Infection of corn ears by Fusarium spp. induces the emission of volatile sesquiterpenes

  • Becker E
  • Herrfurth C
  • Irmisch S
 et al. 
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Abstract

Infection of corn (Zea mays L.) ears with fungal pathogens of the Fusarium genus might result in yield losses and in the accumulation of mycotoxins. The aim of this study was to investigate whether volatile profiles could be used to identify Fusarium-infected corn ears. The volatiles released by corn ears infected by Fusarium graminearum, Fusarium verticillioides, and Fusarium subglutinans were studied. Volatile emission was recorded at 24 days postinoculation (dpi) and in a time series (from 4 to 24 dpi). Twenty-two volatiles were differentially emitted from Fusarium-infected versus healthy corn ears. These included C6-C8 compounds and sesquiterpenoids. All volatiles indicative of Fusarium infection were detectable as early as 4-8 dpi and continued to be produced to the final sampling time (early milk maturity stage). The induced emission of $β$-macrocarpene and $β$-bisabolene correlated with an increased transcript accumulation of corn terpene synthase 6/11 (tps6/11). Additionally, the modification of volatile profiles after Fusarium infection was accompanied by the induction of plant defense compounds such as zealexins and oxylipins. Together, these results reveal a broad metabolic response of the plant to pathogen attack. Volatile biomarkers of Fusarium infection are promising indicators for the early detection of fungal infection before disease symptoms become visible.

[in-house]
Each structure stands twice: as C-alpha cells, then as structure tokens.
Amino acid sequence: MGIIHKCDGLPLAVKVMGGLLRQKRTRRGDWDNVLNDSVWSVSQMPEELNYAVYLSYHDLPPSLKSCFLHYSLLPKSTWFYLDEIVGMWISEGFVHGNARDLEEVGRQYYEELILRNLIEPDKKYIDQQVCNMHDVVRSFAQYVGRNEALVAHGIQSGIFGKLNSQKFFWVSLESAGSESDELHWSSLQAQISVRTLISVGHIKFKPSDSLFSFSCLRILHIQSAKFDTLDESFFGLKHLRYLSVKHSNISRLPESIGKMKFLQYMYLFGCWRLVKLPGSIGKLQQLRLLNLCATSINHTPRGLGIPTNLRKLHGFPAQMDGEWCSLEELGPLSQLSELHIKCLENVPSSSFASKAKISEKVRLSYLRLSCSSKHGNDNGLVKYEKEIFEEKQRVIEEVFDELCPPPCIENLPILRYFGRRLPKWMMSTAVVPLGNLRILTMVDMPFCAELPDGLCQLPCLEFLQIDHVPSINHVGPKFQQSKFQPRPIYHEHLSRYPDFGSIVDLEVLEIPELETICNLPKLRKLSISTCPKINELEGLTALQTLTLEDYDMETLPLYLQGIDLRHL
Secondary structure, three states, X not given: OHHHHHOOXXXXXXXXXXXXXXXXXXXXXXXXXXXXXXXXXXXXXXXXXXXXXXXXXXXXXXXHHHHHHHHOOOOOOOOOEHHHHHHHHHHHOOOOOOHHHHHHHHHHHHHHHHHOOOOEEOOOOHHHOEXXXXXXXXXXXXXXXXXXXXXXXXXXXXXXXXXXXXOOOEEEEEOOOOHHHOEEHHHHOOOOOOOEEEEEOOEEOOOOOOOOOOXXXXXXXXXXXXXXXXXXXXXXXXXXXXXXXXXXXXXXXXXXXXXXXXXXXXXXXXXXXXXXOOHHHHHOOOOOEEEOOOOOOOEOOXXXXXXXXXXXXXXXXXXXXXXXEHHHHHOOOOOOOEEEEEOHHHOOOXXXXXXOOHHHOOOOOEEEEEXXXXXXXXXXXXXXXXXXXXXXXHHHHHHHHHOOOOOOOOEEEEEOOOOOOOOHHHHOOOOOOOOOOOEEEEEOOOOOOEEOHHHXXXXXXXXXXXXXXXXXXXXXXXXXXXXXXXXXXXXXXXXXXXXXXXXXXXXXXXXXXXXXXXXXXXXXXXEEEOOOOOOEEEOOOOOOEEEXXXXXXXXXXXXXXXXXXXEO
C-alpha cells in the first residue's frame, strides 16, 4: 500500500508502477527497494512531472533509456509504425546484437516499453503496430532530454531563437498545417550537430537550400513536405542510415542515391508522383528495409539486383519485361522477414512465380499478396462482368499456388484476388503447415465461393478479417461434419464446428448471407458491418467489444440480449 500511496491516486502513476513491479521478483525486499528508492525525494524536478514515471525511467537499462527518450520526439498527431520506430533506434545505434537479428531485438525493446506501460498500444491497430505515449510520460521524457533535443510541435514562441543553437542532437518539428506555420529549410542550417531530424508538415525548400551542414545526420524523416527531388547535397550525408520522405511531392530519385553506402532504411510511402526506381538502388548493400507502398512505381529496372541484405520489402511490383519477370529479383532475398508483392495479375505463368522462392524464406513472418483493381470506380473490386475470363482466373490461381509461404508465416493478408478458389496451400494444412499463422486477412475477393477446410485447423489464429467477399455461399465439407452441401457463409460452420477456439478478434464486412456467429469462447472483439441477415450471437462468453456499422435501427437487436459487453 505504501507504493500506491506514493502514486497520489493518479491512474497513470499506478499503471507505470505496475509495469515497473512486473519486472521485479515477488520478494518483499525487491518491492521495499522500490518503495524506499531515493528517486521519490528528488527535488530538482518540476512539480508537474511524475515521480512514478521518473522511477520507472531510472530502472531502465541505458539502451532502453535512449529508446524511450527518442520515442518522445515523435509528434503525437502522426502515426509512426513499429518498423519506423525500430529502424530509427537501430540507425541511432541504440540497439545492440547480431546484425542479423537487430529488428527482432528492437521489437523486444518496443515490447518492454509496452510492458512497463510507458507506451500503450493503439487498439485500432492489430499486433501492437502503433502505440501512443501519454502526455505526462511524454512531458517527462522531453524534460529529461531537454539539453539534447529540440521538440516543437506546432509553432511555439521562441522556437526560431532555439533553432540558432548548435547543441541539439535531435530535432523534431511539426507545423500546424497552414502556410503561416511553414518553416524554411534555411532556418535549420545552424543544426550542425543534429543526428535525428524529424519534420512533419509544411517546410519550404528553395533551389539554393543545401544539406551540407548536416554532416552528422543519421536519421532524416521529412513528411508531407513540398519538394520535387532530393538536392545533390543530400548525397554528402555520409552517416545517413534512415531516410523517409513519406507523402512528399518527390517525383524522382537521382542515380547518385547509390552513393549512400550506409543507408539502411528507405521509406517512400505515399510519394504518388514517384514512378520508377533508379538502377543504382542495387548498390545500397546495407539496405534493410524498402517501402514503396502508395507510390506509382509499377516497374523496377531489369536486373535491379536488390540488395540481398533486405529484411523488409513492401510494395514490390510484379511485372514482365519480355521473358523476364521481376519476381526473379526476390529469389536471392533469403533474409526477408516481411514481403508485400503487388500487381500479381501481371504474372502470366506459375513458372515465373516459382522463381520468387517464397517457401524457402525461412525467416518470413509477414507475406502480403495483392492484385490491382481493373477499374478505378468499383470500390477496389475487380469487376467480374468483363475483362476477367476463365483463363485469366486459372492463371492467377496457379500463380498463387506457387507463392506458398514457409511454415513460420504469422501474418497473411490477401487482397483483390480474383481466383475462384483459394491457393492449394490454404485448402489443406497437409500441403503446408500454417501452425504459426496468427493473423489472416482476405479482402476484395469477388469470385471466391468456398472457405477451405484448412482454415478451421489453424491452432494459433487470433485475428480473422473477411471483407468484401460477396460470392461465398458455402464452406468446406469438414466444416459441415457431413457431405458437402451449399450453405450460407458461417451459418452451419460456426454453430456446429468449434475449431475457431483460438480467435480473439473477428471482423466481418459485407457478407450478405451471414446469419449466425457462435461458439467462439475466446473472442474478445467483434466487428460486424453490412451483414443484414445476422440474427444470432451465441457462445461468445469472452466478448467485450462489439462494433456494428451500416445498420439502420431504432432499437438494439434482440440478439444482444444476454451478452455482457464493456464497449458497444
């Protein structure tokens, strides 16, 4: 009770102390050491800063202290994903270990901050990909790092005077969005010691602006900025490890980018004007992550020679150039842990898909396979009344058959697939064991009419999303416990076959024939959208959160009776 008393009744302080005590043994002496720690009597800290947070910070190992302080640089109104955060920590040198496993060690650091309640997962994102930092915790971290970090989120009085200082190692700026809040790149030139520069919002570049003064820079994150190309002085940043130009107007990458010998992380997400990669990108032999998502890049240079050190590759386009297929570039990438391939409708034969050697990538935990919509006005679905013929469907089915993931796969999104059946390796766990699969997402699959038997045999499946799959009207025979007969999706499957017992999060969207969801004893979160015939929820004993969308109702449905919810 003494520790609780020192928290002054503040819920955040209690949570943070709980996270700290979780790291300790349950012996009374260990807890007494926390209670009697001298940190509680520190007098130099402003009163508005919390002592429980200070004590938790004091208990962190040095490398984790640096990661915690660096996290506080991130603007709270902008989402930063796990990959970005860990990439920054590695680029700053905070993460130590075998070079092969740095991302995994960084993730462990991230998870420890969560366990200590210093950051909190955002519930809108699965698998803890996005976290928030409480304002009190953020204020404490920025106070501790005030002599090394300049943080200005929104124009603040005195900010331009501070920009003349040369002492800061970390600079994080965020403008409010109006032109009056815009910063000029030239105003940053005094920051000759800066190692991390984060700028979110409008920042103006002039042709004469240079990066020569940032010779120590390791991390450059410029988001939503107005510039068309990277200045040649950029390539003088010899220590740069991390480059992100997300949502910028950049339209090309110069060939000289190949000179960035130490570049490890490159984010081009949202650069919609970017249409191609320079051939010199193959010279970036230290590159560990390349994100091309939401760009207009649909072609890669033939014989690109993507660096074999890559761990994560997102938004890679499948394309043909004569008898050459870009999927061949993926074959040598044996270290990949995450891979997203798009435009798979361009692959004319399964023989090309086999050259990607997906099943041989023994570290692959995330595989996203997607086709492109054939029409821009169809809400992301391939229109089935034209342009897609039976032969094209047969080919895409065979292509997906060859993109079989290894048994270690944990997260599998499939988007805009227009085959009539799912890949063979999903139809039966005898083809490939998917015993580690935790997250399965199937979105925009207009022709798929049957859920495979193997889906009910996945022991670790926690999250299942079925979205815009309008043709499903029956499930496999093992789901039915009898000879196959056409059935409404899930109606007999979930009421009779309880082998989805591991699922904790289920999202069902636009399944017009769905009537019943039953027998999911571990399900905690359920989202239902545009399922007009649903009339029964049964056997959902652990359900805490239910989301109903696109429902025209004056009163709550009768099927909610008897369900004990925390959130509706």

Author-supplied keywords

  • Fusarium spp.
  • corn (Zea mays L.)
  • oxylipins
  • volatile organic compounds
  • zealexins

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Authors

  • Eva Maria Becker

  • Cornelia Herrfurth

  • Sandra Irmisch

  • Tobias G. Köllner

  • Ivo Feussner

  • Petr Karlovsky

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